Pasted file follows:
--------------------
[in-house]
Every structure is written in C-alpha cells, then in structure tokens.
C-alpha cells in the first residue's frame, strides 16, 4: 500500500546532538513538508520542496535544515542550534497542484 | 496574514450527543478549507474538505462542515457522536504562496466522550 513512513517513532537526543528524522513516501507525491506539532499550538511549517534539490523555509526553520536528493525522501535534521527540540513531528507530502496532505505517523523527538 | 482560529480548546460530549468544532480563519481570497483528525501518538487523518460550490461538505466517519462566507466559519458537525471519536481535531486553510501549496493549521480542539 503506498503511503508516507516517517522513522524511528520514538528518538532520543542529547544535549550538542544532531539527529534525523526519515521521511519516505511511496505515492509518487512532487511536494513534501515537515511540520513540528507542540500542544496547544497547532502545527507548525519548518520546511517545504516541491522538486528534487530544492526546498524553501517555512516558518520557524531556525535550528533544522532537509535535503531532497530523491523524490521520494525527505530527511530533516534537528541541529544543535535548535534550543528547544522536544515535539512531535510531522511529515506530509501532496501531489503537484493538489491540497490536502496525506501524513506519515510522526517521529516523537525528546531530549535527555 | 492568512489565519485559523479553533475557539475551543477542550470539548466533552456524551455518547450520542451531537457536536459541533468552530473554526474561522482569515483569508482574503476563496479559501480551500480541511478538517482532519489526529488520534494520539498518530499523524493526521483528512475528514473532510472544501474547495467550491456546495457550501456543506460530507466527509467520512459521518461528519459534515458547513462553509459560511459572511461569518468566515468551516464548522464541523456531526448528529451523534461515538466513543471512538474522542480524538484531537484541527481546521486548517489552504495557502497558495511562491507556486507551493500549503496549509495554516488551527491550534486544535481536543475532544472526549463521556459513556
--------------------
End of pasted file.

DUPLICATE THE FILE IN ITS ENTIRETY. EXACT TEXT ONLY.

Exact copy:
[in-house]
Every structure is written in C-alpha cells, then in structure tokens.
C-alpha cells in the first residue's frame, strides 16, 4: 500500500546532538513538508520542496535544515542550534497542484 | 496574514450527543478549507474538505462542515457522536504562496466522550 513512513517513532537526543528524522513516501507525491506539532499550538511549517534539490523555509526553520536528493525522501535534521527540540513531528507530502496532505505517523523527538 | 482560529480548546460530549468544532480563519481570497483528525501518538487523518460550490461538505466517519462566507466559519458537525471519536481535531486553510501549496493549521480542539 503506498503511503508516507516517517522513522524511528520514538528518538532520543542529547544535549550538542544532531539527529534525523526519515521521511519516505511511496505515492509518487512532487511536494513534501515537515511540520513540528507542540500542544496547544497547532502545527507548525519548518520546511517545504516541491522538486528534487530544492526546498524553501517555512516558518520557524531556525535550528533544522532537509535535503531532497530523491523524490521520494525527505530527511530533516534537528541541529544543535535548535534550543528547544522536544515535539512531535510531522511529515506530509501532496501531489503537484493538489491540497490536502496525506501524513506519515510522526517521529516523537525528546531530549535527555 | 492568512489565519485559523479553533475557539475551543477542550470539548466533552456524551455518547450520542451531537457536536459541533468552530473554526474561522482569515483569508482574503476563496479559501480551500480541511478538517482532519489526529488520534494520539498518530499523524493526521483528512475528514473532510472544501474547495467550491456546495457550501456543506460530507466527509467520512459521518461528519459534515458547513462553509459560511459572511461569518468566515468551516464548522464541523456531526448528529451523534461515538466513543471512538474522542480524538484531537484541527481546521486548517489552504495557502497558495511562491507556486507551493500549503496549509495554516488551527491550534486544535481536543475532544472526549463521556459513556